i am a type 1 diabetic... my dream has always been to join the military. British or U.S, but evidently i am puzzled as i have been told that i cant join... i don't mind what job but as long as its related to the military i am happy... i would be a military lawyer, a desk job in the military, ect, i just want to be issued in a military job... has anybody got any ideas ??? or information ??? thank you.
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Avatar_m_tn
I am a type 1 diabetic. Diagnosed 3 years ago in the Marine Corps after under 8 years of service. Got TDRL and currently fighting their rating system atm. I can understand their reasoning for not allowing it, however there are jobs they have that can keep you in the office and not overseas.  Doing Infantry I know that your gear has the potential to get caught on anything.  Just walking through the door the other day I had the insulin pump cord snag on the doorknob and snatched right out of my leg.  Also I have that neuropathy thing where you can't tell your blood sugar sometimes even when it hits 30 or goes up to 3XX or 5XX.  Nothing fun about that. Other complications on top of the type 1 as well, but you have to be careful. Im just hoping it wasn't a certain vaccine that has recently been being mentioned about that has been the trigger. Doc at a Naval Hospital was saying he ran into about 30 cases of the same thing with a common trend.
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Avatar_m_tn
i was gonna be a pilot im 15 and my a1c is 6.3 so fudge the government
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Avatar_m_tn
i would be super down to make a SF Type 1 unit!!! on my med eval for spec ops i was told i was type 1. crushed me. its been two years i still train. i just watch my friends throw there opportunity to join away, knowing full well what i would give to just have that opportunity again!
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Avatar_m_tn
i would be super down to make a SF Type 1 unit!!! on my med eval for spec ops i was told i was type 1. crushed me. its been two years i still train. i just watch my friends throw there opportunity to join away, knowing full well what i would give to just have that opportunity again!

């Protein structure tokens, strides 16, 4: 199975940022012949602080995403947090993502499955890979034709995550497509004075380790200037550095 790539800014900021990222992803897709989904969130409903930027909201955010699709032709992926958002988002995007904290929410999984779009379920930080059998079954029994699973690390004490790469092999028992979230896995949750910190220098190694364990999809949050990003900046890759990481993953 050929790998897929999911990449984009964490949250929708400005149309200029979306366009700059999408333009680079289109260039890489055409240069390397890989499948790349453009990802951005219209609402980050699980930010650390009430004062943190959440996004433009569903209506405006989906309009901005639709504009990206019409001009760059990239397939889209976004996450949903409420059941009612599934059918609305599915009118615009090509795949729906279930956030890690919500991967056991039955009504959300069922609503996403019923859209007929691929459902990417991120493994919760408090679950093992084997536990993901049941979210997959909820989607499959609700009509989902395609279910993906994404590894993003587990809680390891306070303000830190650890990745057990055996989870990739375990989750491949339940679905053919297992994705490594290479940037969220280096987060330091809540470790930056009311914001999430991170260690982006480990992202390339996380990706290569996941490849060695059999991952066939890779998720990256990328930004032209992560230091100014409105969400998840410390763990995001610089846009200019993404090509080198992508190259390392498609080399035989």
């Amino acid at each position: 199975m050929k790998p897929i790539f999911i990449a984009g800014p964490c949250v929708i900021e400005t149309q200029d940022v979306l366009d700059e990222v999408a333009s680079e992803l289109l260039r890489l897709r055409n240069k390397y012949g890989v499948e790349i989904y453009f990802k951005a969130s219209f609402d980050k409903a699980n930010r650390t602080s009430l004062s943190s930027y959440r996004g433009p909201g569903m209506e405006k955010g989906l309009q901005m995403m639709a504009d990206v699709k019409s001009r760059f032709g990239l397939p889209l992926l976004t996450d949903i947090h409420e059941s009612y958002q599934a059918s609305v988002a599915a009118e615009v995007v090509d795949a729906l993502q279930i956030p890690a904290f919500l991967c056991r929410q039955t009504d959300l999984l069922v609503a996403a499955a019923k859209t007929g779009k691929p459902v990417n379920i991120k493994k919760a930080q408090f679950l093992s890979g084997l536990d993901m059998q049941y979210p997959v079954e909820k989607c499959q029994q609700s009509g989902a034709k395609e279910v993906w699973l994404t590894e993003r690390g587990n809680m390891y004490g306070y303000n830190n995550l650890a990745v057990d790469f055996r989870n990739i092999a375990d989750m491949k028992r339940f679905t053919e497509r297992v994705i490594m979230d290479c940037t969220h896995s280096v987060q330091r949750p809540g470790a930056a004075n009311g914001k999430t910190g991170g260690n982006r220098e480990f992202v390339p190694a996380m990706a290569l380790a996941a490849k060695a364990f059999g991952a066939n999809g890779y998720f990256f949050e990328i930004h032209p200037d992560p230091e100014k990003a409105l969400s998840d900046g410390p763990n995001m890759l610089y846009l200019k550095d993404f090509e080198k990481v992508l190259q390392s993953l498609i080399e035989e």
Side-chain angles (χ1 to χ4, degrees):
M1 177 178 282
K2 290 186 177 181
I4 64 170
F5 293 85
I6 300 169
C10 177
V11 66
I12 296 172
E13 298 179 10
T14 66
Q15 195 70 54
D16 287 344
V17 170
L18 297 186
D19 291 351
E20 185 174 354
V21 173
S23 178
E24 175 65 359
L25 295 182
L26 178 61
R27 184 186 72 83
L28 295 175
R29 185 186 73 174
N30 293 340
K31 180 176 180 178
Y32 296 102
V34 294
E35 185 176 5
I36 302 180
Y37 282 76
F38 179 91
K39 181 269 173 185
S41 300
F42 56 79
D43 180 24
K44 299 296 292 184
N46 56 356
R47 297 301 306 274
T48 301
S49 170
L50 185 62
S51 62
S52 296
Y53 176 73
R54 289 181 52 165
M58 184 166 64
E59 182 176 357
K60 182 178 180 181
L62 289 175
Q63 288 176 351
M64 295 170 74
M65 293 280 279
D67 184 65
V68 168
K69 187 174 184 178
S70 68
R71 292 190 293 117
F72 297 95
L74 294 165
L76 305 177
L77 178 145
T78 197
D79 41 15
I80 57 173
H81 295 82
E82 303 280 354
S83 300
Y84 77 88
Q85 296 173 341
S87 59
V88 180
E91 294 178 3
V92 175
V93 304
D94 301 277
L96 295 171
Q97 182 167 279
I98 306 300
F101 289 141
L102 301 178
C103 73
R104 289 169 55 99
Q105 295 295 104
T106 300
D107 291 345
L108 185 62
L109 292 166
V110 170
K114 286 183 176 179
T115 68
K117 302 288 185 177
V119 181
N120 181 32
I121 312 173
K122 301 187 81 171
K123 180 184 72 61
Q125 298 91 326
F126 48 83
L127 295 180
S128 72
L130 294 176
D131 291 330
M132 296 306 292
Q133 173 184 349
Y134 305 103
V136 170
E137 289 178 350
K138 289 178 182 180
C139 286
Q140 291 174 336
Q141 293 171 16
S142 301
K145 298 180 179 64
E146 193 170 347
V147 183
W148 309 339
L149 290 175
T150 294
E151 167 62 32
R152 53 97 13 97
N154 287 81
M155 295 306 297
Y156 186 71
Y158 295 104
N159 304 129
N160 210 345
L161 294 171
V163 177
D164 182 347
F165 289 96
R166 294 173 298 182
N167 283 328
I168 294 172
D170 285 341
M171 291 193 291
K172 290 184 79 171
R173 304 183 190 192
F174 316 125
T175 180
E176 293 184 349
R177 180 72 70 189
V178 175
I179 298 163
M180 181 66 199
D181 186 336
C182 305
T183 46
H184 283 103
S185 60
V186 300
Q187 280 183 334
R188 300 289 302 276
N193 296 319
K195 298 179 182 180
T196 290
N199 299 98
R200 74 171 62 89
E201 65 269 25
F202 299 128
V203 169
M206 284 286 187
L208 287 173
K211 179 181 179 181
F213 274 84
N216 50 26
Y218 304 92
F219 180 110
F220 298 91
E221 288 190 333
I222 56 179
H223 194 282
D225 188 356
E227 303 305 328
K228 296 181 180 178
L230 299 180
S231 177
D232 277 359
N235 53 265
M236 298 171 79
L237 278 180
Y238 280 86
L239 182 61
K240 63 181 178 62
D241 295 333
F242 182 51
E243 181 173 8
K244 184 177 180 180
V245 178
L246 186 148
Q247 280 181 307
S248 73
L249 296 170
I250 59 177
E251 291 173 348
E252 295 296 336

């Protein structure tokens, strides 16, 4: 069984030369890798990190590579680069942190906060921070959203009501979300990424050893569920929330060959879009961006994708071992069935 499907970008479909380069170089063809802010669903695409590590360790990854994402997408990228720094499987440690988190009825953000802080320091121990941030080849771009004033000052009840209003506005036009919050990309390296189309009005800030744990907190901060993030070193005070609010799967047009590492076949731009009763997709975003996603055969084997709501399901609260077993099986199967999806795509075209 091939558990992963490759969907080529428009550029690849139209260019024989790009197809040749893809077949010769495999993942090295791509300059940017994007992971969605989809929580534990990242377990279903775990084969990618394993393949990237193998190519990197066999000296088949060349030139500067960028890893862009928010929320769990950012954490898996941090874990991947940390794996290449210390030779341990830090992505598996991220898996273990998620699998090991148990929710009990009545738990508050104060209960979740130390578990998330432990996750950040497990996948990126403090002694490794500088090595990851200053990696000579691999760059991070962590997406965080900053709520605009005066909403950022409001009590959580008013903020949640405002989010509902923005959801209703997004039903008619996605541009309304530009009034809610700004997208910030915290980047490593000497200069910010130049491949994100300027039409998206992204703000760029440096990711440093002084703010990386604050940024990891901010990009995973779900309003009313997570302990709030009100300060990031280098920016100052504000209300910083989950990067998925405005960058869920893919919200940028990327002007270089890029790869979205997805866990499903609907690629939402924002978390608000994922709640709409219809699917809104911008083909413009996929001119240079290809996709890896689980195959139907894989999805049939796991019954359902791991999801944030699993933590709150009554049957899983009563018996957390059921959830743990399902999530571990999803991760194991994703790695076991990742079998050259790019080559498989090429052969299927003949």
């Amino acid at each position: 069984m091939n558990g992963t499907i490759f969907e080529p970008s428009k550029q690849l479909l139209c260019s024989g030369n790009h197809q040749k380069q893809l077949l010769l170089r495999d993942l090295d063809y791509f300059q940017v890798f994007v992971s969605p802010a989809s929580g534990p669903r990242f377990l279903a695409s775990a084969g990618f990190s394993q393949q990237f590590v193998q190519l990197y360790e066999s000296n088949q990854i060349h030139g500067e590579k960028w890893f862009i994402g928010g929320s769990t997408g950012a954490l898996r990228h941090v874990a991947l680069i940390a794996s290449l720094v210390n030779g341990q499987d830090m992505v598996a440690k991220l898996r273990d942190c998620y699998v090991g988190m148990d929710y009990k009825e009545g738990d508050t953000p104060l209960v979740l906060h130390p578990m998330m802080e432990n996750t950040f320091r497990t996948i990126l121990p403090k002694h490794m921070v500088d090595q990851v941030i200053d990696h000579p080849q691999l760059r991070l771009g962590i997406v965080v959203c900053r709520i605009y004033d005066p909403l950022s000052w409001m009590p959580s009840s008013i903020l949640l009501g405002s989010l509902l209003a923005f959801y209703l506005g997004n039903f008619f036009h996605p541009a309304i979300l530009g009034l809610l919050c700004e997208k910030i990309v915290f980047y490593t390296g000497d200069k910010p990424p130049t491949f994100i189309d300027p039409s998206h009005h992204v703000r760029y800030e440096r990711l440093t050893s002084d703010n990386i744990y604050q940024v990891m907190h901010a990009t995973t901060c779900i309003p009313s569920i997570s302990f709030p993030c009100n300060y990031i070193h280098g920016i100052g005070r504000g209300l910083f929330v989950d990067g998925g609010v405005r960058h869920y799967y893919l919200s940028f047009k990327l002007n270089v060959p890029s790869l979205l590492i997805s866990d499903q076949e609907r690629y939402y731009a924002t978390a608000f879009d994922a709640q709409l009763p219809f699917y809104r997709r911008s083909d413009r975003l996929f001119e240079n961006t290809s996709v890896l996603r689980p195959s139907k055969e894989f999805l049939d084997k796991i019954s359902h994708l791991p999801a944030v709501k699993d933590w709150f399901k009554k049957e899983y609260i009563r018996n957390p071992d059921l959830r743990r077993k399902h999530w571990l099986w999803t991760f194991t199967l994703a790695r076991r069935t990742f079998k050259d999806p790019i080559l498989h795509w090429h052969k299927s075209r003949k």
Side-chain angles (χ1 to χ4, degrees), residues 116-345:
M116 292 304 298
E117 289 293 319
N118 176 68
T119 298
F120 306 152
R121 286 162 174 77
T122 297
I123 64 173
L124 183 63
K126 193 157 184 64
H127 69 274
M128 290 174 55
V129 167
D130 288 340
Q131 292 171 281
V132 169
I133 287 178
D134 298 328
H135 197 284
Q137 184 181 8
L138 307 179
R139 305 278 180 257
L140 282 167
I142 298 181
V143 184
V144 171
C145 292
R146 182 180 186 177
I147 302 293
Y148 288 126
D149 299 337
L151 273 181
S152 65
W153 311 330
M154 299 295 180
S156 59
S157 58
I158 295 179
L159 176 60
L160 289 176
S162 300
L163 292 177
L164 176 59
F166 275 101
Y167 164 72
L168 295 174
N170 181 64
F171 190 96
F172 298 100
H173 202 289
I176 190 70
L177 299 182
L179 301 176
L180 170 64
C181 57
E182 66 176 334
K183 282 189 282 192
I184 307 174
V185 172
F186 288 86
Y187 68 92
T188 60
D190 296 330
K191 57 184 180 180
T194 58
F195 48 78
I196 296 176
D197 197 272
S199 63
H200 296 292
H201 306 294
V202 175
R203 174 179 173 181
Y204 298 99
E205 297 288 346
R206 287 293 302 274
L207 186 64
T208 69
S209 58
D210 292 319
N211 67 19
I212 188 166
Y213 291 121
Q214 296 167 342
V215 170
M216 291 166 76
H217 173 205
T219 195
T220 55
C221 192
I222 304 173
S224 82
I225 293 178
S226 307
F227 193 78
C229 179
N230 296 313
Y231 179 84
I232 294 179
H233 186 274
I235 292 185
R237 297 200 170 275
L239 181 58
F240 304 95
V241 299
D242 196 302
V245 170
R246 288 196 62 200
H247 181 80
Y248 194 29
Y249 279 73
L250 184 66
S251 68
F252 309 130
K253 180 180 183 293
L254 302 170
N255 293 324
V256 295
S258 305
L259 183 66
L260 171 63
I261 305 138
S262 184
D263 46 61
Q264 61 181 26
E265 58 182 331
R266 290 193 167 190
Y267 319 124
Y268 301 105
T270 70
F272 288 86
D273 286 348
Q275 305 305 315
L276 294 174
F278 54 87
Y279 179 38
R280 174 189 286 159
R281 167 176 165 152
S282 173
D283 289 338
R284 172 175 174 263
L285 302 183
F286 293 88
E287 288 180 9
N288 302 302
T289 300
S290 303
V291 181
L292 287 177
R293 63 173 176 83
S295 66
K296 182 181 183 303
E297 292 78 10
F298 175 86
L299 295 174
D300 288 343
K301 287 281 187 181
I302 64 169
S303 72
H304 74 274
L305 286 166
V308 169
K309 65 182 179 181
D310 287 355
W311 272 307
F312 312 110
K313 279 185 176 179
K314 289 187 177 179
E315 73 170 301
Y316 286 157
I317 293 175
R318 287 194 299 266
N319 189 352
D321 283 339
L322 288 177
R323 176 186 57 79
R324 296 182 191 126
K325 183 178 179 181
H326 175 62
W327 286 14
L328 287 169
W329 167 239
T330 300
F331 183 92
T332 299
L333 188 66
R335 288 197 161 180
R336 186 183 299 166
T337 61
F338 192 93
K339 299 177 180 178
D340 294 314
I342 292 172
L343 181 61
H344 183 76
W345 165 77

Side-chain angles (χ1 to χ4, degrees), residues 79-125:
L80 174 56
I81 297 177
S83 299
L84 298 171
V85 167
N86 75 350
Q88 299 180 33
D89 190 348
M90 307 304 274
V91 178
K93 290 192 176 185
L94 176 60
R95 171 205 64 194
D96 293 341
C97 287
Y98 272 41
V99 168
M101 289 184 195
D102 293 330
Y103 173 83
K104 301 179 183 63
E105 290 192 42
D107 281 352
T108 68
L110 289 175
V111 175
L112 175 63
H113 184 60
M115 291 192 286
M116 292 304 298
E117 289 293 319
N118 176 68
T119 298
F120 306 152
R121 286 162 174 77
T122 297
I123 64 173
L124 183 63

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Avatar_m_tn

HELP MAKE A CHANGE, AND SPREAD THE WORD!

http://www.change.org/petitions/u-s-department-of-defense-allow-diabetics-to-serve-in-non-combat-positions-in-the-military
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Avatar_m_tn
I have type 1 diabetes.  Iam currently in the military. I have had diabetes since the age of 9 and I am 23 years old. I am in the Ohio Military Reserves. It is a State level military that supports the national guard. It is a volinteer unit and we only get paid if we are activated. Mt life long drea mwas to serve in the United States Army. My father was active duty, and I was born on a military base. I can trace my family back in the military to the revolutionary war. So the military is a big importance in my life. I found that since the Ohio military reserve(A State Defense Forse) is volinteer they are more opt to accepting ones with a little disadvantage. This is my ticket to serve the peopel of this county and state. What a better way to serve then in your own back yard  for your state? Yuo cannot go overseas but it is a very ACTIVE and IMPORTANT mission. If any one has any questions about this please contact me at ***@**** and put State defense force as subject. Not many diabetics know about this, I didnt for years and thought my dreams were crushed! But I have found a way to be in the Military and want to pass it along! or you can text me at 4408583892
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Avatar_f_tn
I beleive there was a case were a marine who was diagnosed while he was still enlisted was allowed to return to active duty because he had an insulin pump.